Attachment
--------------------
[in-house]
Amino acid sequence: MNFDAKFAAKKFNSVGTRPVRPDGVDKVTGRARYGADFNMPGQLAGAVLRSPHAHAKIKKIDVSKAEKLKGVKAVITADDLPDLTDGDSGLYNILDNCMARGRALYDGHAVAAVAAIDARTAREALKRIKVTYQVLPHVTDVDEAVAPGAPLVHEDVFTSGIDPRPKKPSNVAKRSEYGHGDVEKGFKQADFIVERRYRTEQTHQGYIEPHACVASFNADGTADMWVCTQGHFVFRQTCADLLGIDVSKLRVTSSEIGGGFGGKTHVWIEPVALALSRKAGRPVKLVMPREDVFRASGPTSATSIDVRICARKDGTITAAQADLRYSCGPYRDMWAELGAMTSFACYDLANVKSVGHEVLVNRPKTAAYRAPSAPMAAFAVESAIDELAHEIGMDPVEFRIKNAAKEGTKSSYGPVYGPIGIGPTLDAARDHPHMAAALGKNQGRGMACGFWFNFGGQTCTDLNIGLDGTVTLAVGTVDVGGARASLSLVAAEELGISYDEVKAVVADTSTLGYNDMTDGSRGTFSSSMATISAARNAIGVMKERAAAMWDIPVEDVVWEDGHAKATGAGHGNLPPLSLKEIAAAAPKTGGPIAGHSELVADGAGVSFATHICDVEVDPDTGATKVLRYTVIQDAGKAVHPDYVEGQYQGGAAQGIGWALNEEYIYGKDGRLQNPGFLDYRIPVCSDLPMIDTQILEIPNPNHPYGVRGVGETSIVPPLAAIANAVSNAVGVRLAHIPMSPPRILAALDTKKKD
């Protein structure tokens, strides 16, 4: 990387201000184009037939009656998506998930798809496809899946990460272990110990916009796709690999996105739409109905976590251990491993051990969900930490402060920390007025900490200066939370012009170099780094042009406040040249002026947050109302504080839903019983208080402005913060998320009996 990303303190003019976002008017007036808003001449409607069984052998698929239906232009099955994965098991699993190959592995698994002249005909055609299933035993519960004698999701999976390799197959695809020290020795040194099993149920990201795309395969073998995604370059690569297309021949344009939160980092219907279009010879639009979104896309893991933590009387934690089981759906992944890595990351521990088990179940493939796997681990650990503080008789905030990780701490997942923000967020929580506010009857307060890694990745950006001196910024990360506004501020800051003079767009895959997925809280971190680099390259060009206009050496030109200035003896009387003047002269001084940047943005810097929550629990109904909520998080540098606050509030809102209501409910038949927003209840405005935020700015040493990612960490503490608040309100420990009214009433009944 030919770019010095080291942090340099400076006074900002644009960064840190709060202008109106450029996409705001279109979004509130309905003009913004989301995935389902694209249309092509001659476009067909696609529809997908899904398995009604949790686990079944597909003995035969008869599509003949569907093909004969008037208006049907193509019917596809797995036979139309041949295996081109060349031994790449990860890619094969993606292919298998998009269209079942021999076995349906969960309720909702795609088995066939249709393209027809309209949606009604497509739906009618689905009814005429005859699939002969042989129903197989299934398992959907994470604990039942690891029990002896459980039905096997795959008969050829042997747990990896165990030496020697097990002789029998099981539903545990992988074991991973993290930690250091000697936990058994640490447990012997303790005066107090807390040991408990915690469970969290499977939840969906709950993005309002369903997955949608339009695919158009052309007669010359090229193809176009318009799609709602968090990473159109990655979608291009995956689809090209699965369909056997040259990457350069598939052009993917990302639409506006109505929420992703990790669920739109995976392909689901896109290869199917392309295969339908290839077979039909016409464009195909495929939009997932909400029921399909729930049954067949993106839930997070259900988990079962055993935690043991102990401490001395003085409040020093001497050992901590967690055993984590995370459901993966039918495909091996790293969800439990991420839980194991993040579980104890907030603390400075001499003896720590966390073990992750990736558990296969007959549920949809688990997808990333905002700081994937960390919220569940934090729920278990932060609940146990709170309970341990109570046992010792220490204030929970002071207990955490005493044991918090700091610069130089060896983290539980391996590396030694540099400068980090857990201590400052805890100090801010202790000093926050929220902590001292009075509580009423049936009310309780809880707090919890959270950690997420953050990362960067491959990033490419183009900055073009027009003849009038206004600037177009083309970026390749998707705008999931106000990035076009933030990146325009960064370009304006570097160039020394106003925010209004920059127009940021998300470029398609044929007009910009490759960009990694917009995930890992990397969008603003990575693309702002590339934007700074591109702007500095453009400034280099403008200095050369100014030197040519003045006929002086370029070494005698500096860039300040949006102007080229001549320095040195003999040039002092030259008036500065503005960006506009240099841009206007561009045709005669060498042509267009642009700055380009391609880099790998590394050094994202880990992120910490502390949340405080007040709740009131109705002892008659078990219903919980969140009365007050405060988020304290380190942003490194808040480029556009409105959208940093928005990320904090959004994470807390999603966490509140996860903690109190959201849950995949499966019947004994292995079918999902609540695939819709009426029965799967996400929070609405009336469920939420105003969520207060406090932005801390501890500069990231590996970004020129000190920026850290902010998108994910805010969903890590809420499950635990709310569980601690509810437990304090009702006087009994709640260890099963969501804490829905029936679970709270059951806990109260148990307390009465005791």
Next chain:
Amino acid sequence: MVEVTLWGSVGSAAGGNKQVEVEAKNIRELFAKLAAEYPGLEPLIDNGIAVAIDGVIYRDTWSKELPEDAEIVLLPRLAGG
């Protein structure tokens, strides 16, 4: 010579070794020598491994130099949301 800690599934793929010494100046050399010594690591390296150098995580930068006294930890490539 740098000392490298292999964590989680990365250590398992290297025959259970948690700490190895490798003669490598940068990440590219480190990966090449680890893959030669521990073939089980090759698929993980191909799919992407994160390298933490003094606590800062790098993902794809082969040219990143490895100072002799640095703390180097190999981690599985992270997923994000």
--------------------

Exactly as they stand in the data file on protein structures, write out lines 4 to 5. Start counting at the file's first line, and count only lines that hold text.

Next chain:
Amino acid sequence: MVEVTLWGSVGSAAGGNKQVEVEAKNIRELFAKLAAEYPGLEPLIDNGIAVAIDGVIYRDTWSKELPEDAEIVLLPRLAGG